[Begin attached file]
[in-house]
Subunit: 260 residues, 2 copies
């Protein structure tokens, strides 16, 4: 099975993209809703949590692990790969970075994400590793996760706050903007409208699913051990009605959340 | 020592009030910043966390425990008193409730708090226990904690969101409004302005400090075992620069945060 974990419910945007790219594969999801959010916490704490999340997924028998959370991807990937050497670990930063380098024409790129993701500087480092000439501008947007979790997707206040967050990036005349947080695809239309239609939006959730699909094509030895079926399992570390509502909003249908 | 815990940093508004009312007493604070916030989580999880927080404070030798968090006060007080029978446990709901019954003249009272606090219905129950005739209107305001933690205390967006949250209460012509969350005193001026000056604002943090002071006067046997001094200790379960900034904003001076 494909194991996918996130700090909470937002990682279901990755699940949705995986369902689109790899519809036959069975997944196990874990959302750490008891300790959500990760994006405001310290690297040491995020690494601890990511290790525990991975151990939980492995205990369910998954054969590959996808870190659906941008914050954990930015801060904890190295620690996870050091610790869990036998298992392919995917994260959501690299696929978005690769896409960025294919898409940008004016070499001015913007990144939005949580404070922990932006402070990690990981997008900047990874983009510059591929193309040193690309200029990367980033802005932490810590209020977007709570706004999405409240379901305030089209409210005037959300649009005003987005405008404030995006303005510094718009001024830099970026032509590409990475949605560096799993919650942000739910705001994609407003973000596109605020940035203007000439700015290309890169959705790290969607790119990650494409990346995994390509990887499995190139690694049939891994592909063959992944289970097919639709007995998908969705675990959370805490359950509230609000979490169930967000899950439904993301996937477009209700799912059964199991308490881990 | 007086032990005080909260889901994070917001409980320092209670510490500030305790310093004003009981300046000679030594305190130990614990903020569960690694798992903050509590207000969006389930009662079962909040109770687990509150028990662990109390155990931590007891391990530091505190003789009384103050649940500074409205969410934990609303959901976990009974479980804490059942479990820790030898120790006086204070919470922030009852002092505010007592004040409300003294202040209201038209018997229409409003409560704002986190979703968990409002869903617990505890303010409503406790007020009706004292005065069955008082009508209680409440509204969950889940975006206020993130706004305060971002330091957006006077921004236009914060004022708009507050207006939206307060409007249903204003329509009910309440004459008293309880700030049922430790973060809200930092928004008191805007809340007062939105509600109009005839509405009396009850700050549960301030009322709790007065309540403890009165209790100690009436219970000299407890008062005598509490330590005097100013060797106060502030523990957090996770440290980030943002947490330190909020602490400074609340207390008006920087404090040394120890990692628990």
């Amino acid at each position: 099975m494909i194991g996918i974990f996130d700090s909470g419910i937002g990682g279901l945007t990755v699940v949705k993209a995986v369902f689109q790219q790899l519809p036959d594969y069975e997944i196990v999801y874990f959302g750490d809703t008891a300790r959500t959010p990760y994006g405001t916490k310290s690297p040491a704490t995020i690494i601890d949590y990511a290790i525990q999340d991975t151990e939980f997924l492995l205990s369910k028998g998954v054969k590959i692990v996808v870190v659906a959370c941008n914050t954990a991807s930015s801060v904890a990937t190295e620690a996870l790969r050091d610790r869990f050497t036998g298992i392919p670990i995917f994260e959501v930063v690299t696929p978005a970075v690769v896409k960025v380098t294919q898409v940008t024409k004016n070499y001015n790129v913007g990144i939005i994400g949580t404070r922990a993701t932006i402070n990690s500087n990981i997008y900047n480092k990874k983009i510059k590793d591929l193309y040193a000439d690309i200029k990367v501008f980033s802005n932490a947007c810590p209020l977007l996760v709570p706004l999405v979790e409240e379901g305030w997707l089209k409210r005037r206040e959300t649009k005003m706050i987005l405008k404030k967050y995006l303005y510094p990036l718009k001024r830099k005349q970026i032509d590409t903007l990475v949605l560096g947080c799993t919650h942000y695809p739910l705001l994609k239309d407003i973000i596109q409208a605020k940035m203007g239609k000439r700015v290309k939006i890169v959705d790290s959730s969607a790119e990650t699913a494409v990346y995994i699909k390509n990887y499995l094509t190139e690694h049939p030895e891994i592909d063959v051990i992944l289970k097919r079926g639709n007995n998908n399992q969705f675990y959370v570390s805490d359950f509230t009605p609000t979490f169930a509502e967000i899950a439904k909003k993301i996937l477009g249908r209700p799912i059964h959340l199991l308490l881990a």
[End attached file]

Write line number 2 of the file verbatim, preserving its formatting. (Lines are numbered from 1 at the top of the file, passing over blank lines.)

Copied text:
Subunit: 260 residues, 2 copies